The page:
When it comes to buying wine, many of us often find ourselves in quite a quandary. You see, there certainly are ways to grab the best bottle; your neighbor, friend or co-worker did a great job at it during his party. In fact, his wine selection was so superb it got everyone talking about it for days. And when it’s time for you to get your friends together—or even your family from all corners of the globe (or the country for that matter)—you have got to make a good impression.



While research matters, it’s hard to say they actually help; at least not with all that unpronounceable jargons from wine experts that require a lot of getting used to. And while it’s true that good wines don’t have to be ridiculously pricey and preference varies largely among people, there are rules that apply and clear indicators of how a good wine should be in terms of look and taste.

The road to buying a good wine can be a thorny one when you’re not exactly the expert. Suffice to say you are clueless about whether or not to spend a fortune on it. Here are some tricks that can ease not just the process of buying but also the actual serving of wines for your guests:

1. Do choose based on label. A New York Magazine author once implied that our enjoyment of the wine we drink is largely based on how we think of its label—and it doesn’t hurt to get to know a label that deserves our attention.


2. Buy a bottle that falls within the $15 and $30 range. Non-wine experts usually wrestle with the idea that the price of wine matters. And experts agree on one thing: a $30 bottle should be good and don’t go experimenting with wine under $15.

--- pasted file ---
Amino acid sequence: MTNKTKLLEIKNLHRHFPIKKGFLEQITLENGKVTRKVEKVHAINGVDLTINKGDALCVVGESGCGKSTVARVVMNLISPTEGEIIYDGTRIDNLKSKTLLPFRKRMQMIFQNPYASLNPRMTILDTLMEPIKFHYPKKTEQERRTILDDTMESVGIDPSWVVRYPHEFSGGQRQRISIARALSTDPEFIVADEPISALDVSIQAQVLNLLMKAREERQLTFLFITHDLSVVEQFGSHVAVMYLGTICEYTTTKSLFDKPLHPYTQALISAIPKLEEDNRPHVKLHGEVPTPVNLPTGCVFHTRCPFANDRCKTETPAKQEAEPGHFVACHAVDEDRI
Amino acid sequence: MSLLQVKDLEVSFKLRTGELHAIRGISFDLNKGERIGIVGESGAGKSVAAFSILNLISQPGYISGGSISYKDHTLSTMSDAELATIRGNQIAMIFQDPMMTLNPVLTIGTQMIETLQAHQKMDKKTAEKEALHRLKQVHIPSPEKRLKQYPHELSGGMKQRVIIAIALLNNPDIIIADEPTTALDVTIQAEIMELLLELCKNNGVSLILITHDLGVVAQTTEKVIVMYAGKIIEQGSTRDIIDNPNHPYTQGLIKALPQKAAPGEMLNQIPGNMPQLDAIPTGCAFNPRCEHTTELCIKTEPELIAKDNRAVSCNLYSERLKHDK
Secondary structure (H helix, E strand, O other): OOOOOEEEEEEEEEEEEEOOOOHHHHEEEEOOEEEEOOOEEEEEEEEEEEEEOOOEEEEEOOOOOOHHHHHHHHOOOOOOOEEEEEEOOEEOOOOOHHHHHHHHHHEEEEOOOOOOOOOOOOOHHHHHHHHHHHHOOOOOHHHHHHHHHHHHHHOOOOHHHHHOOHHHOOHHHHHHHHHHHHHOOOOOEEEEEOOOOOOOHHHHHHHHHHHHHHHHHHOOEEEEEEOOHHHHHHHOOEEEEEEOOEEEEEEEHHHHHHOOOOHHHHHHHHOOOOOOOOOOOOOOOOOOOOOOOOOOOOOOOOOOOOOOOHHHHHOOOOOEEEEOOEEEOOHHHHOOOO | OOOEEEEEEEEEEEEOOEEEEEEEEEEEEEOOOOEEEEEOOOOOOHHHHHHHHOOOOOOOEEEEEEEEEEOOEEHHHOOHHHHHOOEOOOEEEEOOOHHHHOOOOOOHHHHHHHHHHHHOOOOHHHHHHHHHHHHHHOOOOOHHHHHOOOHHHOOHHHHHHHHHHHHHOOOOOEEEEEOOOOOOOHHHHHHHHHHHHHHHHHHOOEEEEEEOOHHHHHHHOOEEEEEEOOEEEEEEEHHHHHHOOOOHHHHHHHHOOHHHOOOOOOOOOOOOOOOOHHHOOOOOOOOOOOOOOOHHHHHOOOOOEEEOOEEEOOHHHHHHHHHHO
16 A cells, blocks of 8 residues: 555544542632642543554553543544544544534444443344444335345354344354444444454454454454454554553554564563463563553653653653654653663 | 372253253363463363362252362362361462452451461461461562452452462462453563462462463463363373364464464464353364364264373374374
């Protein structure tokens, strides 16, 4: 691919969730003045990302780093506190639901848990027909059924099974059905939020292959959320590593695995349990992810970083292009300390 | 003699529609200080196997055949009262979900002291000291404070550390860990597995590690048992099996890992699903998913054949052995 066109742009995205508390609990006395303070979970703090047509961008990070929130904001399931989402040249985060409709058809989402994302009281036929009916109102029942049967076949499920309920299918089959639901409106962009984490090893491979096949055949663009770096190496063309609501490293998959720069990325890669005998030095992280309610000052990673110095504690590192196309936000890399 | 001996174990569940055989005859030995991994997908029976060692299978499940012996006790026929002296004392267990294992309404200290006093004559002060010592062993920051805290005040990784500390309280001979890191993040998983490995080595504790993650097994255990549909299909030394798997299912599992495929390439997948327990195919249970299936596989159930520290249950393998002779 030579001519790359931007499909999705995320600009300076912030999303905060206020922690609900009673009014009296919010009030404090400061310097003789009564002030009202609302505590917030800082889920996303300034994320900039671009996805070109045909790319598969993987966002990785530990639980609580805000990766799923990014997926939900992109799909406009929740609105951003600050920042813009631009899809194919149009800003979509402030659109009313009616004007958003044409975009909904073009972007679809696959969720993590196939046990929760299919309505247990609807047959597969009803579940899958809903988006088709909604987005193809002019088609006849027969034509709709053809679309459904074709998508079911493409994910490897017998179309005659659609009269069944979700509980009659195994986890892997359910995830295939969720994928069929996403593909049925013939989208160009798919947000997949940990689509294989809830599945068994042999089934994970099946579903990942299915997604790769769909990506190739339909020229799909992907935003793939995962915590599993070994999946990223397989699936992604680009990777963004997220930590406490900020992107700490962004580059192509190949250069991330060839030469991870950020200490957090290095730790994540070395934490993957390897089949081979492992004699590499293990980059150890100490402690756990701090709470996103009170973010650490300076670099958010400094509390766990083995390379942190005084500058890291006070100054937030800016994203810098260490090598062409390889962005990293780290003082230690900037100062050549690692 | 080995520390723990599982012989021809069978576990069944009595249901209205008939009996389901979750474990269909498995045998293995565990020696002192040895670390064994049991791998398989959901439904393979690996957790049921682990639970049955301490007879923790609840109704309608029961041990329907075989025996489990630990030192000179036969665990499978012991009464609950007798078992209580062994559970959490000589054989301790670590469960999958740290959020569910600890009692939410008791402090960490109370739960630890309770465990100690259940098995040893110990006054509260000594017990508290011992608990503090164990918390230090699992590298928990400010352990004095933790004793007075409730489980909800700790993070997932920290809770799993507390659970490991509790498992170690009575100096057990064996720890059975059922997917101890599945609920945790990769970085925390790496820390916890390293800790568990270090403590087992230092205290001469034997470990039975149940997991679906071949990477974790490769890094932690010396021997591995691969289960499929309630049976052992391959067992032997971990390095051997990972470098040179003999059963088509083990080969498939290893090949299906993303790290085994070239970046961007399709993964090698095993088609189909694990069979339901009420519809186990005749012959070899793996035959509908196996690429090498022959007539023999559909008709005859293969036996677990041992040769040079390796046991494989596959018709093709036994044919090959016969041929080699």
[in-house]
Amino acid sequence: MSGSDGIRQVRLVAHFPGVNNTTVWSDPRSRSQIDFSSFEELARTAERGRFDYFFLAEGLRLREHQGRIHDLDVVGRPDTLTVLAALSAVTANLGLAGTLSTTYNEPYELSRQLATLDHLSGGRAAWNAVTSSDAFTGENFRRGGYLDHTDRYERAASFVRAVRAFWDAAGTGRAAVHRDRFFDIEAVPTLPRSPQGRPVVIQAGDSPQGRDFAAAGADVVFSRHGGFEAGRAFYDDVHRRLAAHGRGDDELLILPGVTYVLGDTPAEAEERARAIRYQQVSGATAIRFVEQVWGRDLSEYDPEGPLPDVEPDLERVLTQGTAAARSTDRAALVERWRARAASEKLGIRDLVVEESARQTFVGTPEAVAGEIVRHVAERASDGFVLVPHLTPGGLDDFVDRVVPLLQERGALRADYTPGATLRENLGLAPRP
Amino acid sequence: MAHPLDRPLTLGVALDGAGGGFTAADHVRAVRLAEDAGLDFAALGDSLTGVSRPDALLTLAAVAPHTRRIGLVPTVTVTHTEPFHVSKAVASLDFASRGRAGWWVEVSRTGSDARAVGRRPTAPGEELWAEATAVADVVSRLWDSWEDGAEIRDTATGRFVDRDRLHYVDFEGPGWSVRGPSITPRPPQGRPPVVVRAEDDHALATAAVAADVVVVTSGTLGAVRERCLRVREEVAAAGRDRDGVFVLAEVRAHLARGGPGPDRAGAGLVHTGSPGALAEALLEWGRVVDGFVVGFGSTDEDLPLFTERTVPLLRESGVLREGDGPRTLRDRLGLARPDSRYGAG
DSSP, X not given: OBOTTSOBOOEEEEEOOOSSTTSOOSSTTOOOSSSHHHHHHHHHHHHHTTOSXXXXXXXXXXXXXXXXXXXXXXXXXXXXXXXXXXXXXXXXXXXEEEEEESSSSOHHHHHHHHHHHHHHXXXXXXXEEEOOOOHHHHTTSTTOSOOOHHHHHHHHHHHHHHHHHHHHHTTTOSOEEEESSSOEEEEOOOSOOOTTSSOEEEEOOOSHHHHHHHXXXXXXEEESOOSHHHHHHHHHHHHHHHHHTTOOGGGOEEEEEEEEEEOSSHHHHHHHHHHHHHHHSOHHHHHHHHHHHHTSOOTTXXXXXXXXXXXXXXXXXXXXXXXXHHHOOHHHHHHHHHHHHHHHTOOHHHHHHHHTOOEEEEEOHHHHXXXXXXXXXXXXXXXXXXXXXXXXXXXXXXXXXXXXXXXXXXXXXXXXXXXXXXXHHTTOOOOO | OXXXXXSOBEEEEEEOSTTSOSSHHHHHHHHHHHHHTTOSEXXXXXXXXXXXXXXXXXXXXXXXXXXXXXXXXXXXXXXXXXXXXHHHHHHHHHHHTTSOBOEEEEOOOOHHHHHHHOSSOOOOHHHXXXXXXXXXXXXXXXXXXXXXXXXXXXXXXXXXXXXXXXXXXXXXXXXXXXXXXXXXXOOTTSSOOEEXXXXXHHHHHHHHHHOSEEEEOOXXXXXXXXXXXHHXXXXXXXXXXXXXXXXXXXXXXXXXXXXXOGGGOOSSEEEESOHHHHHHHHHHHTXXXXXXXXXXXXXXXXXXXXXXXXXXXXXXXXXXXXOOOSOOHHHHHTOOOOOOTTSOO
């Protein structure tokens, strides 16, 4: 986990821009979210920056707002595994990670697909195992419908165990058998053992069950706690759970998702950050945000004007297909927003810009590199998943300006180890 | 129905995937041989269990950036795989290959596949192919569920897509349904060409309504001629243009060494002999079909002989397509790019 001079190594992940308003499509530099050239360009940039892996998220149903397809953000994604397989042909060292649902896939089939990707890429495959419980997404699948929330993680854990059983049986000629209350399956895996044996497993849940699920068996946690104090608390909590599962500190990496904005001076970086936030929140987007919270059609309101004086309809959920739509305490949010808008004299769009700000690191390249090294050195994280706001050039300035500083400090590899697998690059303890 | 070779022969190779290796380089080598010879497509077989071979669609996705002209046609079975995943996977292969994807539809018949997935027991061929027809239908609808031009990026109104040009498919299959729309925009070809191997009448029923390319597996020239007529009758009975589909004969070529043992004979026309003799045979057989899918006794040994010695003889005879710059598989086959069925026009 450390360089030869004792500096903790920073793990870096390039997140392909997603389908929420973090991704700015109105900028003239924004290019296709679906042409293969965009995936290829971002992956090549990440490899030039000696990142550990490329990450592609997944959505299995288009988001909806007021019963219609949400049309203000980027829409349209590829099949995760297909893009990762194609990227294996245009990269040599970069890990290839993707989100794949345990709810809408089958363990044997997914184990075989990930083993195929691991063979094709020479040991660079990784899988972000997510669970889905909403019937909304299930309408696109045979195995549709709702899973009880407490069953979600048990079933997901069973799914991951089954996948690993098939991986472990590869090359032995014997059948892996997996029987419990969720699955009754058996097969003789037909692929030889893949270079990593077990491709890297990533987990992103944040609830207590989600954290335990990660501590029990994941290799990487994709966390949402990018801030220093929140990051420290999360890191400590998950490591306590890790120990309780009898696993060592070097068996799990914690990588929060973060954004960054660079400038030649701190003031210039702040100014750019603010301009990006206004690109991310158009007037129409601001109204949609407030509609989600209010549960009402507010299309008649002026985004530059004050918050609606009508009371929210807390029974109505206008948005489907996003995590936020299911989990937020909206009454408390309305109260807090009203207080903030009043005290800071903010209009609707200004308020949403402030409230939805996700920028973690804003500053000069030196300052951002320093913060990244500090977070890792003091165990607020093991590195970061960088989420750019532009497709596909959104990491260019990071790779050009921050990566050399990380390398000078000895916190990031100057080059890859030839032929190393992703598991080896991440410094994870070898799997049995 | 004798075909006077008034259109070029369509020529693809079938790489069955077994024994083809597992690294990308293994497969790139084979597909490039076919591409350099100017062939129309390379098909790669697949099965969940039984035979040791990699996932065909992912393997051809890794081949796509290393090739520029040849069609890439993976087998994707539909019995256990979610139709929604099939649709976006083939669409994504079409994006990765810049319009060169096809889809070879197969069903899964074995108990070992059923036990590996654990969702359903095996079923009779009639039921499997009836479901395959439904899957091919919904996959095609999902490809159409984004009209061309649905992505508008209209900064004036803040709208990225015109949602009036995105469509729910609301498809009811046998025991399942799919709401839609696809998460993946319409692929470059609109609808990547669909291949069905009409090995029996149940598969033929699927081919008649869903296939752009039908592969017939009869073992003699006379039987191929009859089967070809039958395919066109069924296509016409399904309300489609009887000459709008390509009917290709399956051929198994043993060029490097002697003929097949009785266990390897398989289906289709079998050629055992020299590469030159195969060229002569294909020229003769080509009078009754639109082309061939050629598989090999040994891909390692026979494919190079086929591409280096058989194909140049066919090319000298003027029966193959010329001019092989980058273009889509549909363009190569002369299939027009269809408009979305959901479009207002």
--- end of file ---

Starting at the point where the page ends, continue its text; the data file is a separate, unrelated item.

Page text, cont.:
3. Ask the wine shop. This is an easy one. Just make sure he gives you a less formal, less jargon-filled talk. And pay attention to how the wine was produced and why it is their best-seller.


4. Welcome your guests with your best wine. Start the party with a wine that impresses. Save the ones you’re unsure of for the later part of the night when everyone has had something more interesting to talk about (other than the strange taste of that cheap bottle).


5. Serve the wines decanted and the reds colder. Wine decanting matters because it softens the flavor of the wine and enhances it. And it does the job looking special before your guests. As for the reds, they have to be served slightly chilled—just enough for a nice, cool refreshment that perfectly pairs with your food.


One more tip: If you’re unsure about the wine you’re buying for that special dinner, consider the food you’re serving your guests. As a general rule, sweet wines go well with savory and salty dishes and lighter wines should be paired with seafood. White meats go with white wines and red meats are better with reds. For vegetable dishes, pop that bottle of rich white or light red.